QUESTION: Some people say that the talks include political and other topics too, not only Austin Tice.

MR PATEL: As  you’ve heard me directly say before, the U.S. is willing to engage with anyone who can help secure progress toward the release of U.S. nationals. In order to protect these various avenues, I’m not going to get into specifics of diplomatic discussions. But we are willing to talk to whomever necessary to accomplish that goal, and that certainly does not signal a broader change in our relationship. And you’ve heard me speak about our vision and our viewpoint on the conflict in Syria and what we view as an appropriate resolution, and that is one of course – one that is consistent with the UN Security Council Resolution 2254.

QUESTION: Any update on the talks with Iran in Oman too? Are you still talking to them about the nuclear deal, about the prisoners and other things?

MR PATEL: What I will say is that broadly we continue to remain in close touch with allies and partners, including in the region, about the various areas of concern that we have with Iran. I will note that rumours about a nuclear deal, interim or otherwise, are false and misleading. And we’ll continue to remain focused on constraining Iran’s destabilizing behaviour through diplomatic pressure, close coordination with our allies and partners, and de-escalation steps in the region as well.

We also, on detainees, continue to work to bring home the American citizens that are wrongfully detained in Iran. I unfortunately don’t have an update for you, but it’s something that we will continue to work for tirelessly. Iran’s wrongful detention of U.S. citizens, including for the use of political leverage, is absolutely outrageous, and we’ll continue to be committed to securing the freedom of all U.S. citizens.

QUESTION: According to Haaretz, both the former secretary general of the United Nations Ban Ki-moon and former UNHCR Mary Robinson, who was also the former president of Ireland, concluded their visits last week to both Israel and the West Bank, and they have concluded that Israel is drifting into apartheid, that the government is driving Jewish supremacy. So I wonder if you are aware of these reports or if you have seen them and if you have any comment on this. Do you agree with their assessment?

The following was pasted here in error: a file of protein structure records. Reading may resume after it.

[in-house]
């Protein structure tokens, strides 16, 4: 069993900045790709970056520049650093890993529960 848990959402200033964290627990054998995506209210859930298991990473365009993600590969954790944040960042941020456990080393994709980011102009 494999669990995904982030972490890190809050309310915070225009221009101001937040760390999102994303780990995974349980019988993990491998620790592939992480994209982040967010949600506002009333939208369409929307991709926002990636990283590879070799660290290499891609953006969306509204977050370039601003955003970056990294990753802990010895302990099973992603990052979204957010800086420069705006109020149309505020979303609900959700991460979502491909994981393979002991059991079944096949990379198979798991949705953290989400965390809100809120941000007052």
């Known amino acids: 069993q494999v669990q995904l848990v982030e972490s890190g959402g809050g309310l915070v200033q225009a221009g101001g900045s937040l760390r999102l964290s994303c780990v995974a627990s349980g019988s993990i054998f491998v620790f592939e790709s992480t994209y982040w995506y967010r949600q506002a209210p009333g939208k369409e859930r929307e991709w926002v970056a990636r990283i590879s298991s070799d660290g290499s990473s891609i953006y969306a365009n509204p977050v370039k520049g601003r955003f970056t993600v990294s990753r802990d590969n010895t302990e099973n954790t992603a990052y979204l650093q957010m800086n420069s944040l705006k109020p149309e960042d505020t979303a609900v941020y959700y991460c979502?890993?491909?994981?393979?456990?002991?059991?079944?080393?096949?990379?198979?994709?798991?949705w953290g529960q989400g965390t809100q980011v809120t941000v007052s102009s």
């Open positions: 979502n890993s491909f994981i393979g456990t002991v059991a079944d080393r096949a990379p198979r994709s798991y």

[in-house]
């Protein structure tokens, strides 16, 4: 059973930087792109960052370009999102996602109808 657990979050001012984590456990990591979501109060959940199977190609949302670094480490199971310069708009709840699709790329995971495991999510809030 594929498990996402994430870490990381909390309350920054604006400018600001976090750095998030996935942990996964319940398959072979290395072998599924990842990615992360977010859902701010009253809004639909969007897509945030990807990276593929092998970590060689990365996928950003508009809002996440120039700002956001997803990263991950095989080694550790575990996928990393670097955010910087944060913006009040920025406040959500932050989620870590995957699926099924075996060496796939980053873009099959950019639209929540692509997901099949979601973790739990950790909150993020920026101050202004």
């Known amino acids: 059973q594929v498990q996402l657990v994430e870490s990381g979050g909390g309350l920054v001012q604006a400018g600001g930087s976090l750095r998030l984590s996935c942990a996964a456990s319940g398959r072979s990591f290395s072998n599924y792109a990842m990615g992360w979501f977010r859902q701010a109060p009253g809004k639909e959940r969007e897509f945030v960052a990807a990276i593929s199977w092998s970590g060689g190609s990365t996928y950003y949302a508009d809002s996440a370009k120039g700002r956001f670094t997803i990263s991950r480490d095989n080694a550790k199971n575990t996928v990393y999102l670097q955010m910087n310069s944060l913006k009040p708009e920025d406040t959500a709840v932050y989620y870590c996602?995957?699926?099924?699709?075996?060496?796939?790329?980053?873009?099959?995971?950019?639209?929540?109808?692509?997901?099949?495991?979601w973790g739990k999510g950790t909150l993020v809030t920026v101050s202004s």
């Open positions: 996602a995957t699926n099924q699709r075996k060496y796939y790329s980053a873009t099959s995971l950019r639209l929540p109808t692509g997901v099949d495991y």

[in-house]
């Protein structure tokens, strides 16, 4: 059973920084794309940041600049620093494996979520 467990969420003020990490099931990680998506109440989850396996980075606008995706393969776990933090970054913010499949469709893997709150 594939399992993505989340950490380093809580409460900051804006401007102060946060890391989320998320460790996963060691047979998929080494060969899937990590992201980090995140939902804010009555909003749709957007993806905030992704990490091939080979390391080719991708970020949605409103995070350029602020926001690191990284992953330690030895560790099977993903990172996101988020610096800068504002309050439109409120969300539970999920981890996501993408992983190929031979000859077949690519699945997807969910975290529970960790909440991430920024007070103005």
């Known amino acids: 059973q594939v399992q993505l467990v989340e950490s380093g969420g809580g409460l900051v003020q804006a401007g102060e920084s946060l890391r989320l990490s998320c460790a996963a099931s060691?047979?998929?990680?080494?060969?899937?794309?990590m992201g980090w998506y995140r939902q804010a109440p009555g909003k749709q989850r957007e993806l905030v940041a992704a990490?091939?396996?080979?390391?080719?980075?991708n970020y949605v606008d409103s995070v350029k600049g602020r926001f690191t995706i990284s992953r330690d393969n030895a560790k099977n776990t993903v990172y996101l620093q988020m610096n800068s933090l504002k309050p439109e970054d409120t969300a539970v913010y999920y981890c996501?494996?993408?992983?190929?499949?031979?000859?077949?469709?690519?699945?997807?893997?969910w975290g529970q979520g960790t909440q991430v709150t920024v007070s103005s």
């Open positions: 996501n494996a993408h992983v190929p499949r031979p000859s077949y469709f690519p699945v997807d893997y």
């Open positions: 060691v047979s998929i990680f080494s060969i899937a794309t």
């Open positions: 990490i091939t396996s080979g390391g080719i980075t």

MR PATEL:  I will let the representatives from the UN speak to and clarify their own comments, but I will reiterate that that is not a term that we have used to describe Israel’s actions. And broadly, we continue to work towards a negotiated two-state solution along the 1967 lines with mutually agreed swaps. The international community has also worked tirelessly toward this goal, and the United States along with our international partners are going to continue to pursue this. We continue to believe that it’s important to advance equal measures of justice, of freedom, of dignity, and those are important means to advance a negotiated two-state solution.

QUESTION: One other issue. Today the – Secretary Blinken said that the continuing violence hinders any efforts to sort of normalize between Saudi Arabia and Israel, or efforts at normalizing between – and he’s citing the violence that is happening. He cited of course settlements, the violence, the sectoral violence and so on. But then you know we are looking at four months after the attack on Huwara, the village, fourth months ago and so on, and nothing really has happened. No one has been prosecuted.

So other than expressing these sentiments, I mean, it’s the same old question. So what can the U.S. do to make sure that those perpetrators are brought to justice?

MR PATEL: Said, the Secretary and this department have been unambiguous on this issue. The United States continues to be deeply concerned by the rising trend of extremist settler violence. We unequivocally condemn all acts of extremist violence, whether it be by Israelis or Palestinians.

To your question though, accountability and justice should be pursued with equal rigor in all cases of extremist violence. In the case of Huwara, we welcome the IDF’s condemnation of these acts and expect the Israeli Government to ensure full accountability for those responsible for those attacks, including legal action and restitution of lost homes and properties as they deem appropriate. And we regularly raise this issue broadly with our Israeli counterparts.

Israeli security officials themselves have characterized this violence as national terrorism. We very much welcome steps that are being taken, Said, including the June 25th joint statement by top Israeli security officials condemning extremist settler violence against Palestinian citizens. And we equally welcome similar statements made by Defence Minister Gallant yesterday, including his commitment to hold perpetrators accountable under the law.